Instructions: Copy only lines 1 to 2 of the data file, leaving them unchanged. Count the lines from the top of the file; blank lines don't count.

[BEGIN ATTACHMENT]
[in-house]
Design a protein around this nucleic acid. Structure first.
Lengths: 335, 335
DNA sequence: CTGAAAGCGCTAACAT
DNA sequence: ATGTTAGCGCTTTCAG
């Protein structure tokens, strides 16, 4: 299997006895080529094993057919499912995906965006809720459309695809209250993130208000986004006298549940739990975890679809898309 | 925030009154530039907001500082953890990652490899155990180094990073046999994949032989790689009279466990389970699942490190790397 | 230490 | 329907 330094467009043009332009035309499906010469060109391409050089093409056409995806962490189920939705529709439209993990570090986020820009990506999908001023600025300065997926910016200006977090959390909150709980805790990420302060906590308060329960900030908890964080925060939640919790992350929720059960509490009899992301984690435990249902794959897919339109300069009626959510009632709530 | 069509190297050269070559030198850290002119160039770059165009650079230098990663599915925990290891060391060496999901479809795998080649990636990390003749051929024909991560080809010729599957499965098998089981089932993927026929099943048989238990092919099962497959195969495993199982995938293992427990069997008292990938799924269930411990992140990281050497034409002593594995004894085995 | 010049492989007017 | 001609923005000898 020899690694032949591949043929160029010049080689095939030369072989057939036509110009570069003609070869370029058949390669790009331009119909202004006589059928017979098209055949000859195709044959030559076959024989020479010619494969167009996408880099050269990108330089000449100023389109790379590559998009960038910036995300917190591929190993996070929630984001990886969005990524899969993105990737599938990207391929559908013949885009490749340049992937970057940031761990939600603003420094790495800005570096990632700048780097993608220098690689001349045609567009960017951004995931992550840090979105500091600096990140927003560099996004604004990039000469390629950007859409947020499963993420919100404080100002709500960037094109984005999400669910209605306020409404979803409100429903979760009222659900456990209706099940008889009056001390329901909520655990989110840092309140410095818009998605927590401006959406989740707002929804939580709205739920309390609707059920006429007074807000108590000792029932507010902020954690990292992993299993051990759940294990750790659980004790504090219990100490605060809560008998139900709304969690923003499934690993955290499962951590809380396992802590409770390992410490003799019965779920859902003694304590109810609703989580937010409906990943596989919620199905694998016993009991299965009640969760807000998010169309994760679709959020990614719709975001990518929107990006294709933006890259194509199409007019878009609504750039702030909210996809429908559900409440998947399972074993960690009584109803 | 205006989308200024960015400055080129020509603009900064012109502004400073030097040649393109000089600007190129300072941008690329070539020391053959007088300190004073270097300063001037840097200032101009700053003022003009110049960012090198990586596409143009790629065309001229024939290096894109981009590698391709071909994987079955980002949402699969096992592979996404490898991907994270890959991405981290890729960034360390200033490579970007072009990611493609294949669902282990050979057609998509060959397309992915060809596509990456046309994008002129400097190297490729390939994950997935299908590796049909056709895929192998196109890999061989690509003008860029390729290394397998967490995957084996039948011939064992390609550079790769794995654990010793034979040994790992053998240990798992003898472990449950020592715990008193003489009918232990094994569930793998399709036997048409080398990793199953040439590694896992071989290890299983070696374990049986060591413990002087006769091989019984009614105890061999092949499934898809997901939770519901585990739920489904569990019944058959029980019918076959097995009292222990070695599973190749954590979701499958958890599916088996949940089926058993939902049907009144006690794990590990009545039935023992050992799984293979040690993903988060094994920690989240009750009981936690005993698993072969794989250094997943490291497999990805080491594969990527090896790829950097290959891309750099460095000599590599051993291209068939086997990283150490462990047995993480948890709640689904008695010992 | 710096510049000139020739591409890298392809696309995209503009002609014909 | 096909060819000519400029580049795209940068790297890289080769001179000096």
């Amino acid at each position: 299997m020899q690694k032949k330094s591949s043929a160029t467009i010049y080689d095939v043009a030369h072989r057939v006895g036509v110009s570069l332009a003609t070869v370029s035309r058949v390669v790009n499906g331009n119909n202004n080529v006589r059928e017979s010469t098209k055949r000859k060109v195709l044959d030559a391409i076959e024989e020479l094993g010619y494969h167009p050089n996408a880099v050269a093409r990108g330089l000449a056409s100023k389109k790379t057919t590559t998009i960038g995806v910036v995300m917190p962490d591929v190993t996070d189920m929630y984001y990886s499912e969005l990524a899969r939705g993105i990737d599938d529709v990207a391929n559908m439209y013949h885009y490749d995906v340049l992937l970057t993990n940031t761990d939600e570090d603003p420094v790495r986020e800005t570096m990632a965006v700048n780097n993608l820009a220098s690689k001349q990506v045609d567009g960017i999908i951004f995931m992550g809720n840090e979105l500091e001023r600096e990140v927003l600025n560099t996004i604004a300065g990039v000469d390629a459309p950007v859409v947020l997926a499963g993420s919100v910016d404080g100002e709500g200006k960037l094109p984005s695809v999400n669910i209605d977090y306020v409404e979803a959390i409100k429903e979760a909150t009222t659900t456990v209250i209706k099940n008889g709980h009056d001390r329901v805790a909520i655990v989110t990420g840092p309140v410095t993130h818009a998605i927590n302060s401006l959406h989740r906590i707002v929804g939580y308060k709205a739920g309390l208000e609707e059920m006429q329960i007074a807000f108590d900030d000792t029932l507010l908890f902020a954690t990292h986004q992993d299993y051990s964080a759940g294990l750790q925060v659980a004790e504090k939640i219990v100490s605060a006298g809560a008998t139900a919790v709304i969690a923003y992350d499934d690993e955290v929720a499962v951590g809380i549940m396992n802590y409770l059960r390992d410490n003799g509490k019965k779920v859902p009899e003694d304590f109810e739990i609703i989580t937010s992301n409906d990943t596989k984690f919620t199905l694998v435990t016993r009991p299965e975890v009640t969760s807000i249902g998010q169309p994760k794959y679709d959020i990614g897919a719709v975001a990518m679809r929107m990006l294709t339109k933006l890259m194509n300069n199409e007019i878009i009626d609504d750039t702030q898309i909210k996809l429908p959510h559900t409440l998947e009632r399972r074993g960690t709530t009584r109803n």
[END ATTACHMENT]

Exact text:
[in-house]
Design a protein around this nucleic acid. Structure first.